Under background principles of equity, which the Court in Mertens invoked in interpreting ERISA, wrongdoing is not an essential element of a restitution claim. 1 D. Dobbs, supra, § 4.1(2), at 559; Restatement (Second) of Contracts § 373, at 209 (1981). The Court recently confirmed in Harris Trust, 120 S. Ct. at 2189-2190, that restitution under Section 502(a)(3) is governed by common-law remedial principles, not notions of wrongdoing.7 The Court there held that the fact that a third party "was not 'the original wrongdoer' does not insulate him from liability for restitution" to a plan of trust property transferred to him in breach of a trustee's fiduciary duty. 120 S. Ct. at 2189-2190. The Court also noted that "the common law of trusts" sets "limits on restitution actions against defendants other than the principal 'wrongdoer,'" allowing restitution from such a third party only if he had actual or constructive knowledge of the circumstances that rendered the transfer unlawful. Id. at 2190.8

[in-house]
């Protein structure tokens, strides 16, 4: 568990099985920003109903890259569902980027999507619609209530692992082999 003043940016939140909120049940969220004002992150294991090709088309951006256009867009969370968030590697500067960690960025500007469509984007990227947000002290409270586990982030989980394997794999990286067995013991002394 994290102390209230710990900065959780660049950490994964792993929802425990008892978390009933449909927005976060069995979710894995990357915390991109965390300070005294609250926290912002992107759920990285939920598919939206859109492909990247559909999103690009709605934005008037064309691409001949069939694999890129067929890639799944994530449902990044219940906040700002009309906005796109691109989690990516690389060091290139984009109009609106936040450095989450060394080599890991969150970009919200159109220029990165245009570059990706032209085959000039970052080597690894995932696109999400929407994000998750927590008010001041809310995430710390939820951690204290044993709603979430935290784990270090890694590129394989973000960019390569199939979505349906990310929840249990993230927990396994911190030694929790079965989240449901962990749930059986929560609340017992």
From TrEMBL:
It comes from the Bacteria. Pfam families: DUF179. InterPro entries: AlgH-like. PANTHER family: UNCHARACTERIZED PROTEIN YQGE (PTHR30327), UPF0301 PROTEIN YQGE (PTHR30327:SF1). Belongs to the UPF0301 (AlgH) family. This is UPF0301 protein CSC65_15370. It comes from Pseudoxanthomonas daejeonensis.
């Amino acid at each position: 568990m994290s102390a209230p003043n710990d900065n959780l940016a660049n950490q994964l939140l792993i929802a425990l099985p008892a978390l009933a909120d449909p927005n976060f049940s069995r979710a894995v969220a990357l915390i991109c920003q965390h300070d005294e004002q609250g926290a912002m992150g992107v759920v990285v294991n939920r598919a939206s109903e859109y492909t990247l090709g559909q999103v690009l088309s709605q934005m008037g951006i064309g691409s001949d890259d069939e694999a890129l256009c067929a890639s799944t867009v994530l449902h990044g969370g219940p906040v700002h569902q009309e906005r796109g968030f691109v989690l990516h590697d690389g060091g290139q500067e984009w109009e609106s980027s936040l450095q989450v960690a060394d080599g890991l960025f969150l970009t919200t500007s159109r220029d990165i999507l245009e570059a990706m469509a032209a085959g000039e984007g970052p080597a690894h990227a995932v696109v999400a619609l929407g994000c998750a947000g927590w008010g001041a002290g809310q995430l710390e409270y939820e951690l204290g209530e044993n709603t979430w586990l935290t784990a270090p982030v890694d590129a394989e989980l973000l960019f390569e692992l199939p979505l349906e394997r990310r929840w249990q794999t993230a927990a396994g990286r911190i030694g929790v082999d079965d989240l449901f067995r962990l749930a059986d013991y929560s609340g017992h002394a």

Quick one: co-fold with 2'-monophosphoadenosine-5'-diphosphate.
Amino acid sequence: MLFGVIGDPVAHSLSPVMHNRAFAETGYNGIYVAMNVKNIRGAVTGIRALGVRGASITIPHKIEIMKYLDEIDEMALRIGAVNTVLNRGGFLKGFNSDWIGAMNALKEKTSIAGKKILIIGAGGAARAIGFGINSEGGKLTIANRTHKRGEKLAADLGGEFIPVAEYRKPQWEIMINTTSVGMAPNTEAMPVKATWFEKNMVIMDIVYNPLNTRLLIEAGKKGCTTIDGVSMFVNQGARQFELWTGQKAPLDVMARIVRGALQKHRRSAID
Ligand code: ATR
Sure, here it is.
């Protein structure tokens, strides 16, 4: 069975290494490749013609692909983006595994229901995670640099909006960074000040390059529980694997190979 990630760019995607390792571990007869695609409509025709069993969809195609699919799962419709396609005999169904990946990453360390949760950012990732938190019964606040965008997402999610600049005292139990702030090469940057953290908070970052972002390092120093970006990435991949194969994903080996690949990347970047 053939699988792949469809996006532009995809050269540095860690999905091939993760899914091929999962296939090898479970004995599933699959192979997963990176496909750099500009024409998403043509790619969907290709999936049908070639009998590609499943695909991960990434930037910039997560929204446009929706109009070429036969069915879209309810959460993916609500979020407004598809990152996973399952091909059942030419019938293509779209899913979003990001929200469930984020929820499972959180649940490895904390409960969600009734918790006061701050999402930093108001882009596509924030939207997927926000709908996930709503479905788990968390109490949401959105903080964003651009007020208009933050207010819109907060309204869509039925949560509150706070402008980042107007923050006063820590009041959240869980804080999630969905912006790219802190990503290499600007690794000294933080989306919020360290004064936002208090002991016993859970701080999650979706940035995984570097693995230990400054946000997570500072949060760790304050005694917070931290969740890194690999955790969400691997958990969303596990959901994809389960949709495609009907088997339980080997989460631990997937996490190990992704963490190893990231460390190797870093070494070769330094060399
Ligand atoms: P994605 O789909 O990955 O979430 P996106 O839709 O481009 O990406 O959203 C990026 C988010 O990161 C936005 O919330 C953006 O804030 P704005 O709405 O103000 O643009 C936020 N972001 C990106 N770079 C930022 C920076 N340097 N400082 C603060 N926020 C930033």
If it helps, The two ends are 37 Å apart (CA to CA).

2. In contrast to the Ninth Circuit, several other courts of appeals have recognized that an action to enforce a term of a plan requiring reimbursement of medical expenses out of a recovery from a third-party tortfeasor is properly brought under Section 502(a)(3). Although the courts have applied somewhat different analyses, they have reached the same result.